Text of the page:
Anglo-Saxon tribes of Britain. The name is derived from their residence in the settlement of Hopwood in the county of Lancashire. The surname Hobwoode belongs to the large category of Anglo-Saxon habitation names.
Early Origins of the Hobwoode family
Lancashire at Hopwood, a township, in the parish of Middleton, union of Bury, hundred of Salford. "A family of the local name was seated here for many centuries, probably from Saxon times. In 1359, Adam de Hopwood was one of the inquisition at Preston held before Thomas de Seton and others, justices, to determine a dispute between Henry, Duke of Lancaster, and Roger de la Warre. On the death of Dr. Robert Hopwood, in the early part of the eighteenth century, when the family became extinct, the estates passed to the Gregges, who assumed the additional name of Hopwood. Hopwood Hall is an old-fashioned house, pleasing in aspect and agreeable in situation, with tolerably extensive pleasure-grounds, tastefully laid out." CITATION[CLOSE]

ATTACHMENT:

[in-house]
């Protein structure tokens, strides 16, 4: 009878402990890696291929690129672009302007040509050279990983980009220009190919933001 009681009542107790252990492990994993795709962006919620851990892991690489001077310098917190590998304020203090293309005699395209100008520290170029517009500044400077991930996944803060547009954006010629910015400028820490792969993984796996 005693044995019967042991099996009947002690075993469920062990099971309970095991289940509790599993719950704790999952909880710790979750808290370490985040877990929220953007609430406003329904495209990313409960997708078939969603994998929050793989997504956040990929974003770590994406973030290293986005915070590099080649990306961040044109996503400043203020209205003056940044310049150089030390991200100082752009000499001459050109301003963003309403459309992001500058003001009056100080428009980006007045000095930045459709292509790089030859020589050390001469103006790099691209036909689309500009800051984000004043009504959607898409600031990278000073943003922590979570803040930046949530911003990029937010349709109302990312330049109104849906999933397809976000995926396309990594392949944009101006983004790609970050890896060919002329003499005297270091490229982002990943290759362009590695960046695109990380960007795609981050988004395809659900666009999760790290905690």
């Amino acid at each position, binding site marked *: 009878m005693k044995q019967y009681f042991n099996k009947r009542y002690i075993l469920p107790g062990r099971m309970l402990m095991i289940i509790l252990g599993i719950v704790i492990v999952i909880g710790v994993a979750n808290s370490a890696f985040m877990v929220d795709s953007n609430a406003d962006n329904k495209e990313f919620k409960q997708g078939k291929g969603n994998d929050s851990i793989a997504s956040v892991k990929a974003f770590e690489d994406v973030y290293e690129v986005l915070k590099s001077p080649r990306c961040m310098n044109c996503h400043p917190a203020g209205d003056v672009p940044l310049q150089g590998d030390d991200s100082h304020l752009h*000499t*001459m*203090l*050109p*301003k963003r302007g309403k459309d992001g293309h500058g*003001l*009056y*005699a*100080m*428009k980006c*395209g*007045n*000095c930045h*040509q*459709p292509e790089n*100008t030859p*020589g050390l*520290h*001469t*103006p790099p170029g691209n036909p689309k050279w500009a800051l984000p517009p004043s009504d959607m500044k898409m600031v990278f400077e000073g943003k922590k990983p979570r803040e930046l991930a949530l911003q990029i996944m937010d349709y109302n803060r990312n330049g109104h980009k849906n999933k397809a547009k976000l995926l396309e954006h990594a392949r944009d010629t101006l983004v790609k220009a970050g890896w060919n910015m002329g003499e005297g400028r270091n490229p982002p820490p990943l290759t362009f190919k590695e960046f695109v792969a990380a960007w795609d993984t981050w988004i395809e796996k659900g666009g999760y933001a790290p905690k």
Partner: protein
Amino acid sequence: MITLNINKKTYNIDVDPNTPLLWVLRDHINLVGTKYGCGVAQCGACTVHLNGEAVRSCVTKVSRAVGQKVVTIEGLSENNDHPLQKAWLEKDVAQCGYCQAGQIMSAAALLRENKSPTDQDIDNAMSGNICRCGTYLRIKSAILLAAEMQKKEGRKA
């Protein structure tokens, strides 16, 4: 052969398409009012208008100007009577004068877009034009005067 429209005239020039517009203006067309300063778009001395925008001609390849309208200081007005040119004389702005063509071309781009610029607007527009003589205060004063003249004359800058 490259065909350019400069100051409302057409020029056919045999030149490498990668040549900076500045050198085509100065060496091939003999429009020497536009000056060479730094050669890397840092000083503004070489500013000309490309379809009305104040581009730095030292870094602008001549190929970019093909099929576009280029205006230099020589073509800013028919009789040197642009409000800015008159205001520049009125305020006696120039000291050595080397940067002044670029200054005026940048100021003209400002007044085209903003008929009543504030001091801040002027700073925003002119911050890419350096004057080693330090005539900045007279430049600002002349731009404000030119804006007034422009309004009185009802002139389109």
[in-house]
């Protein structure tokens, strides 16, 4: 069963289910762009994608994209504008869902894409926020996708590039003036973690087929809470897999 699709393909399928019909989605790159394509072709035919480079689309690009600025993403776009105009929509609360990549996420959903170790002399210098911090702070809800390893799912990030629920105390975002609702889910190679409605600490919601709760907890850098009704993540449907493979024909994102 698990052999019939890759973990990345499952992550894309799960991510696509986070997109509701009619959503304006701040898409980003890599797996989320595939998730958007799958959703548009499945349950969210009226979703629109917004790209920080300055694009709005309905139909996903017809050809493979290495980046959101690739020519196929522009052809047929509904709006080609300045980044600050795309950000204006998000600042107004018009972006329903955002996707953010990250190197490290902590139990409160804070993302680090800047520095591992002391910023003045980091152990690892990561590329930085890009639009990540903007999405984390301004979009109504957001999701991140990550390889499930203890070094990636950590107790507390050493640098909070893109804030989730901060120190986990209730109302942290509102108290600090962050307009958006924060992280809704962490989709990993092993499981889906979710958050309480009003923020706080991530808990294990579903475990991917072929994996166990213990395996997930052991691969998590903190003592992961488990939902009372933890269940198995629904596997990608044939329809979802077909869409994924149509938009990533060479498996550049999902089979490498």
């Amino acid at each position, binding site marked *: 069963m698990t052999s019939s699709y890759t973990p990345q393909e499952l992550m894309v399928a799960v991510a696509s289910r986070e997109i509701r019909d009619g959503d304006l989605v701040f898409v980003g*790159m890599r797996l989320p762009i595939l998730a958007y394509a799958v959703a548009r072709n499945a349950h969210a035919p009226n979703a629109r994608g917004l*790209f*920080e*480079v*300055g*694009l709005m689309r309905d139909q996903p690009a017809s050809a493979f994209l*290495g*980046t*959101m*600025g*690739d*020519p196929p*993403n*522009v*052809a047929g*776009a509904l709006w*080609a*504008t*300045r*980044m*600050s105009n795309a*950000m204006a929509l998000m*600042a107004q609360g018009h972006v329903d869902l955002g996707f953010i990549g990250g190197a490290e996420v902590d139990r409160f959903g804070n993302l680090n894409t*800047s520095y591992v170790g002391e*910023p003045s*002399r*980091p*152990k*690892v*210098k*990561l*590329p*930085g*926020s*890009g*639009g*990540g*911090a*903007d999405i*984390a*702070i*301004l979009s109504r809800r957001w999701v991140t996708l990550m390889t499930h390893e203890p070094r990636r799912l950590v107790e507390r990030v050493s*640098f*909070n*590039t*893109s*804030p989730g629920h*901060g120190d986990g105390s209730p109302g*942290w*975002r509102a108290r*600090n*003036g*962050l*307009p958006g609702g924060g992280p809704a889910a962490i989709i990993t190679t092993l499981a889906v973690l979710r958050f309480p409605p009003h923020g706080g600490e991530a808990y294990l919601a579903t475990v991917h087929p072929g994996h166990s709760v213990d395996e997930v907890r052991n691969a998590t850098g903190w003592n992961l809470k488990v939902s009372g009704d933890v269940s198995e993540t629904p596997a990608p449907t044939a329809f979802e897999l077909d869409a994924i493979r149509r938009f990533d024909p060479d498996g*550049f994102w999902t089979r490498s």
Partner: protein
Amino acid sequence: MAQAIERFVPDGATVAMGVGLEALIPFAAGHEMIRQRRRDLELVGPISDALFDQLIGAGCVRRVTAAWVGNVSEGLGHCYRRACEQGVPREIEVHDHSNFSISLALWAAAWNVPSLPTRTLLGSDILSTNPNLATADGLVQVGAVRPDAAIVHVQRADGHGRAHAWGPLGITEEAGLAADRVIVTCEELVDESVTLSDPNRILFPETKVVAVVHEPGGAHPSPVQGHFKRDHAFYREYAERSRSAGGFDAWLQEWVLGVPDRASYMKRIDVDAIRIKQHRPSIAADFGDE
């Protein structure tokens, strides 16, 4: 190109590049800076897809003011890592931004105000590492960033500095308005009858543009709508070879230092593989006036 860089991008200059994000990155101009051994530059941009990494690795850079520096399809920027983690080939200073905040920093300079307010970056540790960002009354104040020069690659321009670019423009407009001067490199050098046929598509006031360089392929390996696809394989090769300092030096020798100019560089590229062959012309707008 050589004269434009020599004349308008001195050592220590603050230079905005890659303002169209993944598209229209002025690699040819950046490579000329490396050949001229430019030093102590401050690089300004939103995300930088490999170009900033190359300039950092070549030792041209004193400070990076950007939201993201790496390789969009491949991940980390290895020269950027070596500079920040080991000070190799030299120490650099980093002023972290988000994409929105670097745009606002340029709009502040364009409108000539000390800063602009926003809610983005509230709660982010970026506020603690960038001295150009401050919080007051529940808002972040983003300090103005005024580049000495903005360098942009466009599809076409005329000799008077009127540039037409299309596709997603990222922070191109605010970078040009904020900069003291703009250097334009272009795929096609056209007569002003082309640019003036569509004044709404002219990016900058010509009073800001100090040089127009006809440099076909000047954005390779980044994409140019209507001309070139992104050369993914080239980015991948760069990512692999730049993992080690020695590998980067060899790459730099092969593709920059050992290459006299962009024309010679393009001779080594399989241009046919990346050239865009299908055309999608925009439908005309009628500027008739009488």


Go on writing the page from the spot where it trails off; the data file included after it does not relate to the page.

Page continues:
Lewis, Samuel, A Topographical Dictionary of England. Institute of Historical Research, 1848, Print.
Early History of the Hobwoode family
Another 107 words (8 lines of text) covering the years 129 and 1298 are included under the topic Early Hobwoode History in all our PDF Extended History products and printed products wherever possible.
Hobwoode Spelling Variations
spelling variations in names were a common occurrence. As the English language changed in the Middle Ages, absorbing pieces of Latin and French, as well as other languages, the spelling of people's names also changed considerably, even over a single lifetime. Many variations of the name Hobwoode have been found, including Hopwood, Hopwoods, Hipwood, Hapwood, Hobwoods and many more.
Early Notables of the Hobwoode family (pre 1700)
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Migration of the Hobwoode family to the New World and Oceana
In an attempt to escape the chaos experienced in England, many English families boarded overcrowded and diseased ships sailing for the shores of North America and other British colonies. Those families hardy enough, and lucky enough, to make the passage intact were rewarded with land and a social environment less prone to religious and political persecution. Many of these families became important contributors to the young colonies in which they settled. Early immigration and passenger lists have documented some of the first Hobwoodes to arrive on North American shores: Edward Hopwood was one of the founders of Salem Massachusetts in 1630; Joe Hopwood settled in Barbados in 1635; Mathew Hopwood settled in Virginia in 1663..
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